Journal
                Eur J Microbiol Immunol (Bp)
                Eur J Microbiol Immunol (Bp)
                EUJMI
                European Journal of Microbiology & Immunology
                Akadémiai Kiadó (Budapest )
                2062-509X
                2062-8633
                12 November 2015
                December 2015
                : 5
                : 4
                : 306-315
                Affiliations
                [1 ] Medical Department (Gastroenterology, Infectious Diseases, Rheumatology), Campus Benjamin Franklin, Chari té – Universitätsmedizin Berlin , Berlin, Germany
                [2 ] Research Center ImmunoSciences, Charité – Universitätsmedizin Berlin , Berlin, Germany
                [3 ]Immatics Biotechnologies GmbH , Tübingen, Germany
                [4 ] Institute for Microbiology and Hygiene, Charité – Universitätsmedizin Berlin, Campus Benjamin Franklin , Berlin, Germany
                [5 ]Pathotres Joint Practice for Pathology , Berlin, Germany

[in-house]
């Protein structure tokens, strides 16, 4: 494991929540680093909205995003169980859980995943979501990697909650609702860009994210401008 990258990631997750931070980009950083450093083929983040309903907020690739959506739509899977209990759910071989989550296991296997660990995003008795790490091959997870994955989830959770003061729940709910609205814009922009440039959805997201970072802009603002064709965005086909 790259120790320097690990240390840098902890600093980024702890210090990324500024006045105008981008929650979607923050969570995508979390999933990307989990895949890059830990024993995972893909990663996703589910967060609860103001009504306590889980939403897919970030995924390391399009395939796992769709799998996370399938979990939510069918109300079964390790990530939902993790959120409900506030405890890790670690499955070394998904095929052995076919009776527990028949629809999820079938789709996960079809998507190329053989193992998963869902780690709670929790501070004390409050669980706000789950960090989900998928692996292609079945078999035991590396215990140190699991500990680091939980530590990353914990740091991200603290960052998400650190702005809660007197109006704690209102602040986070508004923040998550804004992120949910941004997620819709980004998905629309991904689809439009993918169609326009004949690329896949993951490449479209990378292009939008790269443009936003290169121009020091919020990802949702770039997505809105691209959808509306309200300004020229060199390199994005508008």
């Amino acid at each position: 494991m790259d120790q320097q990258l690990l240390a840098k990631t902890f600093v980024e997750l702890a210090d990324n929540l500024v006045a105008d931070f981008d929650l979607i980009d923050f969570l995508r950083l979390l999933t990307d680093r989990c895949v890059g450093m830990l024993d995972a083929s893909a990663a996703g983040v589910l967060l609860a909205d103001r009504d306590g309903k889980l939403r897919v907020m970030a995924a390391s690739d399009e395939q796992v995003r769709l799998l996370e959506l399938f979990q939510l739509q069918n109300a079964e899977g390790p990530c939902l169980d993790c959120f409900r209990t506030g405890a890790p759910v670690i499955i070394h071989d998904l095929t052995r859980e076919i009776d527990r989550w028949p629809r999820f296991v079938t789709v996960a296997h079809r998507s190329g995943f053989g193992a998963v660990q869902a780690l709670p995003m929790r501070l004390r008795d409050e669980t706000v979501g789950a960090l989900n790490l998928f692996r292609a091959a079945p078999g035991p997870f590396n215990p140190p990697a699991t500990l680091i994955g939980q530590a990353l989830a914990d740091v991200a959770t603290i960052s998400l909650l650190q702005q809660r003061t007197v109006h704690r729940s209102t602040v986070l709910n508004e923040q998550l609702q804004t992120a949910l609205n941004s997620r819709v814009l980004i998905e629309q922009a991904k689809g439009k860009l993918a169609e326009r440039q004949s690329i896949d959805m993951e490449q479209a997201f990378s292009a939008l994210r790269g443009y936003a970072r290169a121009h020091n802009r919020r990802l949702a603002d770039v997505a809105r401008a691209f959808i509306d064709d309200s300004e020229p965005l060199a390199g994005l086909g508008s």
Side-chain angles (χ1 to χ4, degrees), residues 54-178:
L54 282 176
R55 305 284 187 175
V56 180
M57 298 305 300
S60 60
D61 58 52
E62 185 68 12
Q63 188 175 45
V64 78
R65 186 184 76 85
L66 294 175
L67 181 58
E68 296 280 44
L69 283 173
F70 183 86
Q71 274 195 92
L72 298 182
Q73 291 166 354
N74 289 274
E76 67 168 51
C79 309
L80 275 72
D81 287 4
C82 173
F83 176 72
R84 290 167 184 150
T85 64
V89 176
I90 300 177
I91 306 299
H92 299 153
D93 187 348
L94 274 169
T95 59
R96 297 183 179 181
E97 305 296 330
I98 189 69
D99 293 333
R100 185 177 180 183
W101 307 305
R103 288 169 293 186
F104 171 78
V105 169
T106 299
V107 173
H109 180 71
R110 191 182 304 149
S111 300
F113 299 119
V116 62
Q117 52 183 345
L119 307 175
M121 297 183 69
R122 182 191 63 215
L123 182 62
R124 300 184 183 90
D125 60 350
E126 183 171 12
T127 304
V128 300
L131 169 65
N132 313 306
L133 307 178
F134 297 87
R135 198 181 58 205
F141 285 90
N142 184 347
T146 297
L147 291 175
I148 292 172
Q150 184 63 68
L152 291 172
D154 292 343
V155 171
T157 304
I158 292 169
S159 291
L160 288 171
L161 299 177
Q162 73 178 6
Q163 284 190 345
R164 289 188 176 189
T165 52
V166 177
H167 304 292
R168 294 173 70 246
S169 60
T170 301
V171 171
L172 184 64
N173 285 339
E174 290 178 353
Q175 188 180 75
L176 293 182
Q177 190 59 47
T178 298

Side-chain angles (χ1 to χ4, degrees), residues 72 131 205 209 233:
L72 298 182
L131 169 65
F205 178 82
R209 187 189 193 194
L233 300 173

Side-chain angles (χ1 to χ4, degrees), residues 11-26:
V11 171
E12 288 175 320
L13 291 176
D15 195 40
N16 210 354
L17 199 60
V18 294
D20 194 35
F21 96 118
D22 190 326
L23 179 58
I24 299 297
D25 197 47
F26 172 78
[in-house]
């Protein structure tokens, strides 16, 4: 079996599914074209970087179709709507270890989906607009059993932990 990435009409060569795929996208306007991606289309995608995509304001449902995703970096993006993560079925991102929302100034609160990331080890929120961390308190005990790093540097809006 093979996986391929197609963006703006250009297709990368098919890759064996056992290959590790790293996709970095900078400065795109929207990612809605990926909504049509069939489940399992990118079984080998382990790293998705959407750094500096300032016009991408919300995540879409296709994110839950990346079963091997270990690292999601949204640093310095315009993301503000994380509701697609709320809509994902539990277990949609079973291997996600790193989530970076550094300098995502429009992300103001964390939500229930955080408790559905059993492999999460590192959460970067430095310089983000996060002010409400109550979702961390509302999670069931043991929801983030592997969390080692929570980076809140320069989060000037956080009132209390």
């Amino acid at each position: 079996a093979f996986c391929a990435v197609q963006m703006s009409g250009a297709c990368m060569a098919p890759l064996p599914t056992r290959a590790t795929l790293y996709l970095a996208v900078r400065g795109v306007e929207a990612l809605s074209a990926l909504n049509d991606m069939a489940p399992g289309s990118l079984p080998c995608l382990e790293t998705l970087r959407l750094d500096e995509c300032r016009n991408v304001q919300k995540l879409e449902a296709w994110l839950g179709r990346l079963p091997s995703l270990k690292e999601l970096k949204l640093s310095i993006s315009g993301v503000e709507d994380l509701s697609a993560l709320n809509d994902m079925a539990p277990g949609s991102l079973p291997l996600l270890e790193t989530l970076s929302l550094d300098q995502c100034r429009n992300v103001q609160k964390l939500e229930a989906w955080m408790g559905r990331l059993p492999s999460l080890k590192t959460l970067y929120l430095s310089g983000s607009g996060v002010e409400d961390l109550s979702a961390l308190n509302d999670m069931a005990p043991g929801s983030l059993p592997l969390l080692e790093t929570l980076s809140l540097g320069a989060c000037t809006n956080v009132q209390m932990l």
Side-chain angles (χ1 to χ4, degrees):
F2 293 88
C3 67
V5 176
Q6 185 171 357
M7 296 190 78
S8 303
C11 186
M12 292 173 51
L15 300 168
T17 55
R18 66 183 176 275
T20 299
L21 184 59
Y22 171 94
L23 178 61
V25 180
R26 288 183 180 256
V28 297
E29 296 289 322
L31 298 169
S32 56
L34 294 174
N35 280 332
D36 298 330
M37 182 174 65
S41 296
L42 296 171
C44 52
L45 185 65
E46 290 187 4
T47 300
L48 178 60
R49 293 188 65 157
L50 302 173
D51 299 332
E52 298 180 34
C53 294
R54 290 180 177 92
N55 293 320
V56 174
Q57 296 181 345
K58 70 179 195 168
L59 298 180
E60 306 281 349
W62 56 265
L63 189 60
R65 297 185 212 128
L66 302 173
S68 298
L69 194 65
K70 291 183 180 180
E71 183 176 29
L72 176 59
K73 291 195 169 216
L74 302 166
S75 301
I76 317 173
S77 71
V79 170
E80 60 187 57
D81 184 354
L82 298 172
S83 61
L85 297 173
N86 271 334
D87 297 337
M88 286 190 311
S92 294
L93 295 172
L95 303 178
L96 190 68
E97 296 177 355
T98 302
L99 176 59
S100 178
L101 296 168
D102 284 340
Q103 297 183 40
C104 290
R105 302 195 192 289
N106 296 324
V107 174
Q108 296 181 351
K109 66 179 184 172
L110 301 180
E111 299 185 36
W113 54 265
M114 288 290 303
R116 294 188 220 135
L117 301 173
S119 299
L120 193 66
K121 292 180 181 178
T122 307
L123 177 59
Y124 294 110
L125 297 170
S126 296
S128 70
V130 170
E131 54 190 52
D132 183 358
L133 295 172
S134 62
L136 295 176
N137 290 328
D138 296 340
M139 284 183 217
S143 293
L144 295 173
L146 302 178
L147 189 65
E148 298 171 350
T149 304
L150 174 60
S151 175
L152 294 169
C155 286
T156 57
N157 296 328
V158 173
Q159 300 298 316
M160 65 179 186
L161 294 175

[6 ]Cold Spring Harbor Laboratory , Cold Spring Harbor, New York, USA
                Author notes
                * Medical Department (Gastroenterology, Infectious Diseases, Rheumatology), Campus Benjamin Franklin, Charité – Universitätsmedizin Berlin, Hindenburgdamm 30, 12203 Berlin, Germany; +49(0)30 450-514345; +49(0)30 450-514904; anja.kuehl@ 123456charite.de
                Article
                10.1556/1886.2015.00040
                4681358
                © 2015, The Author(s)

                This is an Open Access article distributed under the terms of the Creative Commons Attribution Non-Commercial License ( http://creativecommons.org/licenses/by-nc/3.0/) which permits unrestricted non-commercial use, distribution, and reproduction in any medium, provided the original work is properly cited.

                Page count
                Figures: 3, Tables: 4, Equations: 0, References: 31, Pages: 10
                Categories
                Original Article